Thursday, 23 January 2014


The word is out, Seth Gordon is set to direct an upcoming film based on Quebec’s Great Maple Syrup Heist of 2012. 

As a personal note, I am very excited about this project for a few reasons. First of all, Jason Segel. Second of all, Seth Gordon. Third of all, Chris Sheridan. The big American names suggest that the film is looking at a wide release, and other than its Canadian content, I have yet to come across any indication that the film will be Canadian made to any extent. This begs the age old question of what qualifies a film as Canadian? Sure, there is a standard put forth by our Academy, but the issue is obviously far more complex.

In 2008, writer/director Jason Reitman noisily expressed his dismay that his first feature film Juno had not been recognized by the Academy of Canadian Cinema and Television. In addition to its Canadian born writer/director, the film starred Canadian leads and employed a largely Canadian crew. He has been quoted in the Calgray Herald (Feb. 2008) stating the following:

"I still wish we had been eligible for the Genies," he said. "I still don't understand why not. Why aren't we eligible for a Genie when David Cronenberg's film (Eastern Promises), which was about Russians living in London and shot in England with a British crew and British cast, is eligible?"   

So what happened? It’s all been pretty unclear but the Academy has offered the response that the studio simply never submitted the film to be considered for a Genie. Meanwhile, yes, Eastern Promises (co-produced by Canada, the U.S.A., and the U.K.) cleaned up at the Genies that year despite its utter disconnection from Canada and Canadian sentiment. So, I guess it was submitted.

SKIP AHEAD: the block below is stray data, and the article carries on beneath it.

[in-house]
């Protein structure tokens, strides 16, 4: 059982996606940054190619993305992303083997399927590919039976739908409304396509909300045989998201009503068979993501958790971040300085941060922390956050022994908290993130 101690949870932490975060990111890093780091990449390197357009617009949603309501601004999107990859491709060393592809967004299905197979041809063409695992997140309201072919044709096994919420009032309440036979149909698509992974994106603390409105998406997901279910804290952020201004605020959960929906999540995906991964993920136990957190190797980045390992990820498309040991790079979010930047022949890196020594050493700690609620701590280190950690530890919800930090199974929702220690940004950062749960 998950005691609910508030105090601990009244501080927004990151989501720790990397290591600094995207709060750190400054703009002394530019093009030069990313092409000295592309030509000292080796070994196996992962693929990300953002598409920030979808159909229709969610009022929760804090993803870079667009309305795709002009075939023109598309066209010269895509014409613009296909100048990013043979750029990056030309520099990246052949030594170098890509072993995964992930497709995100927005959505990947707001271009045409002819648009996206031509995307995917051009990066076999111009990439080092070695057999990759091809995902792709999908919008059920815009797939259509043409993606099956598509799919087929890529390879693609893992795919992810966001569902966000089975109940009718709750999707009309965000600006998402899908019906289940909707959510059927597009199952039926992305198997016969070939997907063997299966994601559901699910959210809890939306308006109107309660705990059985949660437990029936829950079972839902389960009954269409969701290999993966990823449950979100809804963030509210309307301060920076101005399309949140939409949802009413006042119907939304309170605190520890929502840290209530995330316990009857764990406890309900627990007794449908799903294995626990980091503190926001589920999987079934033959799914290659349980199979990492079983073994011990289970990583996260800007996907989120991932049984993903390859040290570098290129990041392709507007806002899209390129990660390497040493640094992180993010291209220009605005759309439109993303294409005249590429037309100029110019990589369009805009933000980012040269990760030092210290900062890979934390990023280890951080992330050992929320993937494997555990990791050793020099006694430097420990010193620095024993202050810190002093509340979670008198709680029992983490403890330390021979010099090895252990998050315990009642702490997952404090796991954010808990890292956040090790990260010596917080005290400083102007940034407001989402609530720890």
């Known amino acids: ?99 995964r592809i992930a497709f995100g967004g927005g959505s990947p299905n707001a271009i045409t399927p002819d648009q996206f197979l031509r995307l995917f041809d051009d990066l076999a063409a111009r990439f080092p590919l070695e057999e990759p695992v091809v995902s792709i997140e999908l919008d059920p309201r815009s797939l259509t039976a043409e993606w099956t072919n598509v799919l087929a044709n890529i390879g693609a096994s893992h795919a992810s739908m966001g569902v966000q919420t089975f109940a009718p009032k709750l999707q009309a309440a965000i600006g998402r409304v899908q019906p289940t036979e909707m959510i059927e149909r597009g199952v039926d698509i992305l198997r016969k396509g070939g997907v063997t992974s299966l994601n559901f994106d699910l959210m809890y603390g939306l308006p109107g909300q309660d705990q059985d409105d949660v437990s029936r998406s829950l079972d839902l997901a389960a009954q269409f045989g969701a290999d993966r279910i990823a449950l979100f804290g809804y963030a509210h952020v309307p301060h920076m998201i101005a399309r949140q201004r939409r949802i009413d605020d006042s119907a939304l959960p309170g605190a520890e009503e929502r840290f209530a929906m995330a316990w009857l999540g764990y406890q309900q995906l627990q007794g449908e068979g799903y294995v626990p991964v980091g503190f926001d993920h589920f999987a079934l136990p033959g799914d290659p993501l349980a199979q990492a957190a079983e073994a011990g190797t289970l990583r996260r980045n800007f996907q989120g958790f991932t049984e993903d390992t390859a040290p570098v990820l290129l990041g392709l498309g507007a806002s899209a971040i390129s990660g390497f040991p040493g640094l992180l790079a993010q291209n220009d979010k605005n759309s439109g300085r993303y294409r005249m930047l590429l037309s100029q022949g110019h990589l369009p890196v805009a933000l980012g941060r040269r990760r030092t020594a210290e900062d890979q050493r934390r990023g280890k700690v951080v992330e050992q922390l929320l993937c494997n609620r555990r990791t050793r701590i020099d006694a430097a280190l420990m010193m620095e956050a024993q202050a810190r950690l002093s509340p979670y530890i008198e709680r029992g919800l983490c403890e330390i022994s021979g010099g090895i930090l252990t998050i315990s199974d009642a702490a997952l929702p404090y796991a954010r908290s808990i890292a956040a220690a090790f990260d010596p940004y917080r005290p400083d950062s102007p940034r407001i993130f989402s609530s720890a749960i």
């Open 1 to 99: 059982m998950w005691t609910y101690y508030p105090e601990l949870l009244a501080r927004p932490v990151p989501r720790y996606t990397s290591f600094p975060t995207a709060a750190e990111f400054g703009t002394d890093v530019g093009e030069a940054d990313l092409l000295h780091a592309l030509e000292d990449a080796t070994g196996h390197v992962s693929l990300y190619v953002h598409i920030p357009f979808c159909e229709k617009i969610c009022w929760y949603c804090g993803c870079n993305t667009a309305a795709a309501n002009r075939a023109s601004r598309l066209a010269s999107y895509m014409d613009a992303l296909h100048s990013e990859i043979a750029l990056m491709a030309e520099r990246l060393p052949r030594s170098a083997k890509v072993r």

I don't wish to imply that a film can only be Canadian if it somehow expresses Canada, because frankly I don’t even know what I would mean by that. I suppose the imagined concept of a Canadian cinema is largely linked to the development of the National Film Board way back in 1938. Even today, our canon remains the subject of intense critical debate: What belongs and why? While some of my favorite Canadian films include, High Life (Gary Yates 2009), Ginger Snaps (John Fawcett 2000), and Hard Core Logo (Bruce McDonald 1996), I’m not terribly convinced these films would ever be canonized (although I could make an argument for each case). As a rule, I keep an open mind when viewing and discussing Canadian cinema, so as to not fall into the uncomfortable trap of trying to define it by its Canadian-ness, or lack thereof. I seek out Canadian films because it provides me with a sense of pride to support other Canadians who have a passion for film and are out there creating something out of it. 

While it would be really exciting to learn of an actual Canadian connection to Gordon’s upcoming film, I won’t demand it. I think it will be nice just to get one of our stories told. I just hope it is not loaded up with tasteless stereotypes!